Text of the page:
Brother of former spy-boss Fraser hooks fishy permits

2018-05-02 08:00
New correctional services commissioner Arthur Fraser in Parliament. (Paul Herman, News24, file)

New correctional services commissioner Arthur Fraser in Parliament. (Paul Herman, News24, file)

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A company linked to Barry Fraser, the brother of the former spy-boss Arthur Fraser, has been awarded two marine tourism permits by the Department of Environmental Affairs (DEA).

The company, Fronteras Adventures, was granted two marine eco-tourism permits from the DEA after it applied for them in late 2017.

Fronteras Adventures was one of several applicants for permits authorising boat based whale watching (BBWW) and great white shark cage diving (WSCG) businesses along the coast. 

In both cases, existing permit holding operators were stripped of their permits, and were subsequently awarded to Fronteras Adventures. 

The awarding of these permits is currently the subject of several court challenges.

Sea saw

The first permit awarded to Fronteras Adventures was for whale watching in Gansbaai.

Despite having no experience or background in marine eco-tourism, Fronteras Adventures scored more than 97% in the assessment for permit. The score harpooned the prospects of the existing operator, Eubalaena Sea Safaris.

Eubalaena has been operating in terms of the permit since 2014, and is taking the decision by the DEA on judicial review.

Fronteras Adventures was also awarded a shark cage diving permit at Quoin Point, but only after the DEA flip-flopped on the initial assessment and allocation process.

In a letter to the applicants for WSCD permits dated March 13, 2018, the DEA informed all applicants that even though the department had already assessed and awarded these permits, it intends to recalculate and reassess all the applications it received. 

"The delegated authority considered and scored the applications and granted permits in the sector for the reasons as set out in the decision letters circulated to each applicant."

This was due to the DEA finding "significant generic scoring errors" in the assessments upon several appeals to the decisions.

"After considering each appeal, it became apparent that there were significant scoring errors in the sector. After investigation, it appears that in the case of all existing operators their scores were calculated on the incorrect weightings."

The DEA told News24 that the assessment criteria for new and existing applicants differed as follows:

New Applicants:

  • Transformation: 65%
  • Operational Plans: 35%

Existing Permit Holders

  • Transformation 75%
  • Compliance and Enforcement: 15%
  • Investment and Financial Information: 10%

The reasons for the difference in scoring is ostensibly to expand the sector and provide participation to black owned business in the sector.

"The DEA is motivated by the objectives in the BBWW and WSCD policies, including the need to increase participation of [historically disadvantaged individuals] and grow the sectors."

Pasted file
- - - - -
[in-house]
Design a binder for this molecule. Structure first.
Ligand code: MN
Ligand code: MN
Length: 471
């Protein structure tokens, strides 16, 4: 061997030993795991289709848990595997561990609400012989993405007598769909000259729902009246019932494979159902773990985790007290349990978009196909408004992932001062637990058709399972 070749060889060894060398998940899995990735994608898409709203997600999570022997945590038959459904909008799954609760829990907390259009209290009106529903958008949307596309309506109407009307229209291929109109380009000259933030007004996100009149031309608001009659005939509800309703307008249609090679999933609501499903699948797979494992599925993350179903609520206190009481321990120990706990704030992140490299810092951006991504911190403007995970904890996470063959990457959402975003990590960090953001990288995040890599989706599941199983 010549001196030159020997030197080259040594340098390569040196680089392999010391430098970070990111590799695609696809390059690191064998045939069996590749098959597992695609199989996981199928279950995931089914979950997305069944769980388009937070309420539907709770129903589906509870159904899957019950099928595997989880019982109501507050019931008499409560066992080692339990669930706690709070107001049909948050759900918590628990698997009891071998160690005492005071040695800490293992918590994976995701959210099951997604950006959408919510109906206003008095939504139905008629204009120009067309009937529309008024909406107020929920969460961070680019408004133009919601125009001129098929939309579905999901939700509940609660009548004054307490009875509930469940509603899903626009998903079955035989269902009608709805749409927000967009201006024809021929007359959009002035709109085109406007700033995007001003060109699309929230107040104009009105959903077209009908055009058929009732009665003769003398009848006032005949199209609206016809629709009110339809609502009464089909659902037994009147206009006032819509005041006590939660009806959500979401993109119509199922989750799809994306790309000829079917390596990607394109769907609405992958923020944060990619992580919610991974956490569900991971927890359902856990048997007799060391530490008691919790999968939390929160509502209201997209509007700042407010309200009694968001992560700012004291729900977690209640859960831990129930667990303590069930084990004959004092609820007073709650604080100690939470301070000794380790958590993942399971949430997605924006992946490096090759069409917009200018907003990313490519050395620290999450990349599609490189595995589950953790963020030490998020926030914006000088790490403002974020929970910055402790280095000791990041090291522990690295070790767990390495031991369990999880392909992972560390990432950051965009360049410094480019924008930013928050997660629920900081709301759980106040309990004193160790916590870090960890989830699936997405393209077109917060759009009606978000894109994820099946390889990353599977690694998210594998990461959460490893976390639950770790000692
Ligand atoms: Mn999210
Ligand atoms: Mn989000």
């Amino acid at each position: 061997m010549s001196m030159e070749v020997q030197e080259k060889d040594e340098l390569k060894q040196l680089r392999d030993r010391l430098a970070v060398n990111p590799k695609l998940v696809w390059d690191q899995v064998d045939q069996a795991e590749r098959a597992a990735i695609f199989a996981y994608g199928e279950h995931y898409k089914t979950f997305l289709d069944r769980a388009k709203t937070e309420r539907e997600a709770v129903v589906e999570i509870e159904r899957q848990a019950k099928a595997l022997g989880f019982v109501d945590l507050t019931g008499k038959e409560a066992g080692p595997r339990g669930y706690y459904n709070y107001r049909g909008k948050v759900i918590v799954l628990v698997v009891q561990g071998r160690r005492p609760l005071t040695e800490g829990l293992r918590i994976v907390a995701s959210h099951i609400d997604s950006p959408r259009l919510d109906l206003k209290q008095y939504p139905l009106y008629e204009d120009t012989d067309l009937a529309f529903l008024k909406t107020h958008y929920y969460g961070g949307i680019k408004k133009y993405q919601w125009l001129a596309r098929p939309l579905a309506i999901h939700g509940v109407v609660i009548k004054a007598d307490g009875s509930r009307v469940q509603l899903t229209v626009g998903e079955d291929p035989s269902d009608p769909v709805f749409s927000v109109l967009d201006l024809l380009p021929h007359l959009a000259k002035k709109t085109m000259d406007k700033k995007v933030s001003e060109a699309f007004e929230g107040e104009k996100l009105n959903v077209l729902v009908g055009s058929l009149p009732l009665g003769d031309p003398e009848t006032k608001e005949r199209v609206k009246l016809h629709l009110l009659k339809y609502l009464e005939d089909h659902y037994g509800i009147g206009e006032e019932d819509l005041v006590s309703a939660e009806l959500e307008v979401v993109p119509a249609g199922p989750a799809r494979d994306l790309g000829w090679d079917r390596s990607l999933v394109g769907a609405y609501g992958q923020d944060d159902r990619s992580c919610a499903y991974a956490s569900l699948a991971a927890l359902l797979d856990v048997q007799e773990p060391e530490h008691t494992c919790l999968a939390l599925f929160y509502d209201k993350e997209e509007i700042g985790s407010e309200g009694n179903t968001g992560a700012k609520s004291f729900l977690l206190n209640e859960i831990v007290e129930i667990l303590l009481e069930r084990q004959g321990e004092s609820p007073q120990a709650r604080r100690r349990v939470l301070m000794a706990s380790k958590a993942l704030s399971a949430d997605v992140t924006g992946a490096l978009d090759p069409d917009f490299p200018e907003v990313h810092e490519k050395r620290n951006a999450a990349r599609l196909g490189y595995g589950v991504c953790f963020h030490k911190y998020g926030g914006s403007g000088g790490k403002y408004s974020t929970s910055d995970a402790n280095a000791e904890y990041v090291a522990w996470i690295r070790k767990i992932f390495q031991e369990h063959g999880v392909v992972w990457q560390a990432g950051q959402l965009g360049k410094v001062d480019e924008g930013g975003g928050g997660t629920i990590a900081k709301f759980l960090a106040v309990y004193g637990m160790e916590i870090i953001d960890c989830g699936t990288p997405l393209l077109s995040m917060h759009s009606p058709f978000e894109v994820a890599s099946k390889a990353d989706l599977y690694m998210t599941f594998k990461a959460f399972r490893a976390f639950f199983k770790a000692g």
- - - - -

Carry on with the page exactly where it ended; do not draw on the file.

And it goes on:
Despite the claimed objective, the DEA's actions have reportedly deprived an existing wholly owned black-owned business, White Shark Cruises, of their shark cage diving permit.

The "reassessment" of the applications suddenly saw Fronteras Adventures emerge as a white shark cage diving permit holder at Quoin Point, scuttling the White Shark Cruises' business in the process.

Questions have been raised about how the DEA intends to "grow the sector" when only a single permit is available for allocation, with the permit merely changing hands every few years.  

Current corrections

To add to this, the DEA's actions in respect of the withdrawal and reassessment of the WSCD permit may have been unlawful. 

"As such in the interests of procedural fairness and administrative justice, [we]... have decided to refer this matter back to the delegated authority for a complete reassessment of all applications to ensure that the correct scores are now recorded," the letter of March 13, 2018 reads.

In terms of administrative law, a public body cannot review its own decisions.

As soon as a public entity or official arrives at a final decision, it is considered to have discharged its legal obligations and is referred to as functus officio. The only way in which to review such a decision is by approaching the court.

The DEA told News24 that the that functus officio was not applicable in this case but failed to elaborate why it held this belief. 

The Resurging Emerald Front

Fronteras Adventures is the oldest of a trio of Fronteras companies registered in SA. It was established in 2012 as a shelf company, Emerald Panther 119.

The name was subsequently changed to Resurgent Investment Holdings. It finally settled on the name Fronteras Adventures in June 2017, the same month that the permit applications opened.

It is flanked by Fronteras Africa and Fronteras Capital Partners, two companies established in July 2016 and February 2018 respectively. A third company, Fronteras Resources Zimbabwe, is incorporated in Zimbabwe.